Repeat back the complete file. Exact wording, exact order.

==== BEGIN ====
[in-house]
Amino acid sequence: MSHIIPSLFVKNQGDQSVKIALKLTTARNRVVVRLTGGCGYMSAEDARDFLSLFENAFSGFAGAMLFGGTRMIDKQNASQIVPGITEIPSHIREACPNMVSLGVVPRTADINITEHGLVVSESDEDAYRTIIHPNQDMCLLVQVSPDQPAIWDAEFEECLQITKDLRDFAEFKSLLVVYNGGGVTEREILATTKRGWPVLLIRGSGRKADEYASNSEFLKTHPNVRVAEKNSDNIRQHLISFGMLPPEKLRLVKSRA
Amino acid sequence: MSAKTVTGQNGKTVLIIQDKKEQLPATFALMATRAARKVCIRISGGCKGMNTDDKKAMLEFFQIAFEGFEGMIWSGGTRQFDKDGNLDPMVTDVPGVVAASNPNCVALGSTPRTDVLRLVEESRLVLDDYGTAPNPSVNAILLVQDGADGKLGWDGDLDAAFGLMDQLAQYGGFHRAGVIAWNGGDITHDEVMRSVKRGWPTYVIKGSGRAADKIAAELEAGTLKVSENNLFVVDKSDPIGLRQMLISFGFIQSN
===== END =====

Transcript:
[in-house]
Amino acid sequence: MSHIIPSLFVKNQGDQSVKIALKLTTARNRVVVRLTGGCGYMSAEDARDFLSLFENAFSGFAGAMLFGGTRMIDKQNASQIVPGITEIPSHIREACPNMVSLGVVPRTADINITEHGLVVSESDEDAYRTIIHPNQDMCLLVQVSPDQPAIWDAEFEECLQITKDLRDFAEFKSLLVVYNGGGVTEREILATTKRGWPVLLIRGSGRKADEYASNSEFLKTHPNVRVAEKNSDNIRQHLISFGMLPPEKLRLVKSRA
Amino acid sequence: MSAKTVTGQNGKTVLIIQDKKEQLPATFALMATRAARKVCIRISGGCKGMNTDDKKAMLEFFQIAFEGFEGMIWSGGTRQFDKDGNLDPMVTDVPGVVAASNPNCVALGSTPRTDVLRLVEESRLVLDDYGTAPNPSVNAILLVQDGADGKLGWDGDLDAAFGLMDQLAQYGGFHRAGVIAWNGGDITHDEVMRSVKRGWPTYVIKGSGRAADKIAAELEAGTLKVSENNLFVVDKSDPIGLRQMLISFGFIQSN